The University of South Florida (USF), in partnership with the National Defense University’s Near East and South Asia (NESA) Center for Strategic Studies and U.S. Central Command (USCENTCOM), hosts a semi-annual Great Power Competition Conference series to provide military and civilian policy-makers and thought leaders a broader understanding of the various national security challenges facing the United States in the 21st Century from near-peer global powers, i.e., China and Russia, as well as regional powers, such as Iran and North Korea, through a forum that brings together strategic thinkers, scholars, leaders, and subject matter experts.
The third conference in the Great Power Competition series, scheduled for April 15-16, 2021, addresses the cybersecurity threat facing the U.S. and its allies and partners. The conference encompasses not only military and technological dimensions but also the social, economic, and political risks associated with cybersecurity threats and capabilities from potential adversaries who seek to steal information, cause disruption, and influence behavior in pursuit of global and/or regional goals. Their actions pose an acute threat to national and international security, critical infrastructure, economic stability, and social cohesion.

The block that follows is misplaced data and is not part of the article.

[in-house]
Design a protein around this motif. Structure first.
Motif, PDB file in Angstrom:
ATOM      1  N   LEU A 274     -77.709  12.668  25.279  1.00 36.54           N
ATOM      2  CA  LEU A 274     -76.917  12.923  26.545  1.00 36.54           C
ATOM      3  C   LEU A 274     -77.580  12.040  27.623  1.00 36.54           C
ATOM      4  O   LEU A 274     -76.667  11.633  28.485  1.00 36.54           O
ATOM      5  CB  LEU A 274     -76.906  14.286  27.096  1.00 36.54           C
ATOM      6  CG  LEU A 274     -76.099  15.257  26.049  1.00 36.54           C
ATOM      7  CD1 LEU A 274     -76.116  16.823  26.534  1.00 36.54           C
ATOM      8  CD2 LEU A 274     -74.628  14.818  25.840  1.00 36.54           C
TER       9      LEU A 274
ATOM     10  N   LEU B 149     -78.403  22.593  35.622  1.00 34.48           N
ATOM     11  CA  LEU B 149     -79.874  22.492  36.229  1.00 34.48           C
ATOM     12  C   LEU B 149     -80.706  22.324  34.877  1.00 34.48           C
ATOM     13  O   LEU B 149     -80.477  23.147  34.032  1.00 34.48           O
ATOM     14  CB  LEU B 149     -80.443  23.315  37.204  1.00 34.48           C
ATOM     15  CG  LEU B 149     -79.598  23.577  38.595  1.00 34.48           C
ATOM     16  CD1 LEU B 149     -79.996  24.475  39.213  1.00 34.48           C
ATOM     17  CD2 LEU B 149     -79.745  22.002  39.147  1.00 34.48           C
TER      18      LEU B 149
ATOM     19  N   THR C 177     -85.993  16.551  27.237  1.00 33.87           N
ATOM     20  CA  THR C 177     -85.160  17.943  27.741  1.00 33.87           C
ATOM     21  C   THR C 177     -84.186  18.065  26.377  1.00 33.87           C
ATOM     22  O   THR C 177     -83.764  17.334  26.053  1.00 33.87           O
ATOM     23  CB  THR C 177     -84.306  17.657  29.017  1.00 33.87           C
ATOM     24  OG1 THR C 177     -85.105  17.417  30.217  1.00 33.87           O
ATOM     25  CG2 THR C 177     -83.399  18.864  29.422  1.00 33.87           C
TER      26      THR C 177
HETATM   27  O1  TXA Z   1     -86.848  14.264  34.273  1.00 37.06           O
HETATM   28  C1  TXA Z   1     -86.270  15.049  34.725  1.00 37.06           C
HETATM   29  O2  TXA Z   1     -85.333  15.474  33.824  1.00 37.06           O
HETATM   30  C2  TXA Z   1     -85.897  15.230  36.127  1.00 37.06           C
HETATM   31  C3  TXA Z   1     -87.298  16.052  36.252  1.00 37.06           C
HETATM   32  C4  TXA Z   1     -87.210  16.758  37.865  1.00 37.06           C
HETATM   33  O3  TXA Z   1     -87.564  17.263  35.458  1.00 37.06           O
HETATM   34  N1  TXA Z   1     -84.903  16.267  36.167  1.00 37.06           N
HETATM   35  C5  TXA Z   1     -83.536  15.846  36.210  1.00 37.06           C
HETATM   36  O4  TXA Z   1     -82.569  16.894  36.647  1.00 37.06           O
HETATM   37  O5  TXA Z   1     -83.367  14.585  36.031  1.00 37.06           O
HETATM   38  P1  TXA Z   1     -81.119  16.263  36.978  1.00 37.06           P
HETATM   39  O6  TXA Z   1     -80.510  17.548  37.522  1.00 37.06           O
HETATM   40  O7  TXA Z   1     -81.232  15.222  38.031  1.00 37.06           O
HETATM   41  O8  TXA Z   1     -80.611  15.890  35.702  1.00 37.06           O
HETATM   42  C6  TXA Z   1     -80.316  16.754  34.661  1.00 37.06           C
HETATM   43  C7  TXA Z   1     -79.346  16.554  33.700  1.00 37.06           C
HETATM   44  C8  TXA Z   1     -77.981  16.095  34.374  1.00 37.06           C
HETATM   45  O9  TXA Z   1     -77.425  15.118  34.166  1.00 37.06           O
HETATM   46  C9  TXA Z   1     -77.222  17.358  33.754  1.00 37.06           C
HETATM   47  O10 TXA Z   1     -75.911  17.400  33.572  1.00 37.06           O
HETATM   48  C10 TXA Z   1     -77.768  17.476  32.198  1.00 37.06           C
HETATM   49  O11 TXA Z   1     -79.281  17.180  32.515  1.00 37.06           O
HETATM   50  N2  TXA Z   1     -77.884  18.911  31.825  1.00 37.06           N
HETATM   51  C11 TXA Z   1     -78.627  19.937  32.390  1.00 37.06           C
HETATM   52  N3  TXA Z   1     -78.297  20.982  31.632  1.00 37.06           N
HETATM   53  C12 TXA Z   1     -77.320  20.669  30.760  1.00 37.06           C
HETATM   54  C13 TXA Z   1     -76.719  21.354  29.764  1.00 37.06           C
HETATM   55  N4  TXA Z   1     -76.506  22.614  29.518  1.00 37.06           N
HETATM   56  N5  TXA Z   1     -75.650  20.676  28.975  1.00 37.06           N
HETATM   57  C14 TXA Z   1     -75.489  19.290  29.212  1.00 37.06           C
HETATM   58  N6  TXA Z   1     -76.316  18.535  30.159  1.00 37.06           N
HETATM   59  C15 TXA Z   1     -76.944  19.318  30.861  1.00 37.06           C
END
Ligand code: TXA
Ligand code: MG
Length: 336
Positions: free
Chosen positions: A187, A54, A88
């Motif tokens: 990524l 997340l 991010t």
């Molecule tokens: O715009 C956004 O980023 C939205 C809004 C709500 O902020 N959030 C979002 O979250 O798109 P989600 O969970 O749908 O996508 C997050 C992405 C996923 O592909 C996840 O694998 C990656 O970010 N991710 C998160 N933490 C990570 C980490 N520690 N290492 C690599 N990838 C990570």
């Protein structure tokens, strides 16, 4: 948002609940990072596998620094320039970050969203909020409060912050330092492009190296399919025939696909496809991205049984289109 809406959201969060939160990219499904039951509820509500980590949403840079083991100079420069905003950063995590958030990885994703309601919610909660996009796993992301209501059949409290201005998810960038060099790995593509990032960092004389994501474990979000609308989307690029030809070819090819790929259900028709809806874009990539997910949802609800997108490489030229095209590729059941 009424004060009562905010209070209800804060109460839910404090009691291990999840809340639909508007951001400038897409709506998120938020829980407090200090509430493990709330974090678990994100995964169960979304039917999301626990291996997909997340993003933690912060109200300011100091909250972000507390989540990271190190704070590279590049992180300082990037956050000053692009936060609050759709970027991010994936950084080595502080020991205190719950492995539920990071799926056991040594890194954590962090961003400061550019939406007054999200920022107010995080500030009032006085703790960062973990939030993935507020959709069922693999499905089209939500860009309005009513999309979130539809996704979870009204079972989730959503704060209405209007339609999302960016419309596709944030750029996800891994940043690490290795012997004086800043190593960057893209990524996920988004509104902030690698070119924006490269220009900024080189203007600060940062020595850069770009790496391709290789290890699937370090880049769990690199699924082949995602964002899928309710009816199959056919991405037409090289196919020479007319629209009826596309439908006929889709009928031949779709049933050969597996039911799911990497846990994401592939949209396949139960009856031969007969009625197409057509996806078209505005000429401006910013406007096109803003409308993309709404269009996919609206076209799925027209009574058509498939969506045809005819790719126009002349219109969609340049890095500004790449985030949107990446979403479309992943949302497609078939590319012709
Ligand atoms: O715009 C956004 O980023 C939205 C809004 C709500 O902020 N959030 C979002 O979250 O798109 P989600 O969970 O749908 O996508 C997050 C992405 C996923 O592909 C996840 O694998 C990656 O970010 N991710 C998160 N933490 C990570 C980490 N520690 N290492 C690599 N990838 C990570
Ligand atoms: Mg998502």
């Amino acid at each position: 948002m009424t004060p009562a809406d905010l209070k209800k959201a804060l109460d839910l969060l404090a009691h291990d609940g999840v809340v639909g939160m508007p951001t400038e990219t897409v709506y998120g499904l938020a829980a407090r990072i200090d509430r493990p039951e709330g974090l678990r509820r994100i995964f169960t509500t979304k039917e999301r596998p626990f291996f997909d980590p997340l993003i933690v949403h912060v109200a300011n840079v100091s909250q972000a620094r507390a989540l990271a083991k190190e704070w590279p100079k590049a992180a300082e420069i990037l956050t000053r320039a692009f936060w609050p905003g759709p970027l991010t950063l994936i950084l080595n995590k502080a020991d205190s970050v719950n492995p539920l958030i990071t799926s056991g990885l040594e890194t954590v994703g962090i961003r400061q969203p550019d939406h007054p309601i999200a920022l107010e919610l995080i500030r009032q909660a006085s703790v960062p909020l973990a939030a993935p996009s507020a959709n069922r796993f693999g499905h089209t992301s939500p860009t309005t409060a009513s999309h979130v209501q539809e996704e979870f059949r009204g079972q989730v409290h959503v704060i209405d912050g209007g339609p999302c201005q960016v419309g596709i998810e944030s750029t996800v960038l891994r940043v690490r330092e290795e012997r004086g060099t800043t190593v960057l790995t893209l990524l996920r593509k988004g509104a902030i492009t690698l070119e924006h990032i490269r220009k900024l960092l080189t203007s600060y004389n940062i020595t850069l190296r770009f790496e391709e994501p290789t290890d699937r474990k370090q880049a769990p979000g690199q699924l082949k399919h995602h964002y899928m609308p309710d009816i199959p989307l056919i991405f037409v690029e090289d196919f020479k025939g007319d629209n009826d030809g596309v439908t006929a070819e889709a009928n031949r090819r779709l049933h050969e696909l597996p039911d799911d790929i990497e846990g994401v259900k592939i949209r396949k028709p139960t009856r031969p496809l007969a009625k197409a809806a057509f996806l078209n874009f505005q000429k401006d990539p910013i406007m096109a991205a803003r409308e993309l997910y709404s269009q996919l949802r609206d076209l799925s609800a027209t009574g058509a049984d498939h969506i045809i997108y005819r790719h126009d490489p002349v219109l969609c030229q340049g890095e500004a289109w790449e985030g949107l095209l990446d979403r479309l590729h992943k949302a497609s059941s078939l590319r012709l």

- The event will examine the United States’ role in cyberspace from two perspectives:
threat and response. First, speakers and panelists will discuss current and emerging
cyberattacks conducted by various nation-states and their proxies: Who and what are
the targets? Who is behind the attacks? What are the strategic, operational, and tactical
objectives behind these attacks?
- From there, we will explore national options for responding to these threats on the tactical, strategic, and doctrinal levels: How can we respond to these threats, and how should we respond? What are the obstacles to and consequences of strategic and tactical response options? What technological solutions are on the horizon? Should the U.S. adopt a more multi-domain offensive posture that eschews the current dominant “cyber vs cyber” paradigm?
To help answer these questions, the 3rd Great Power Competition Conference will examine the technological threats to critical infrastructure; cyber operations strategy, tactics, and doctrine; information influence operations; the weaponization of social media; and more.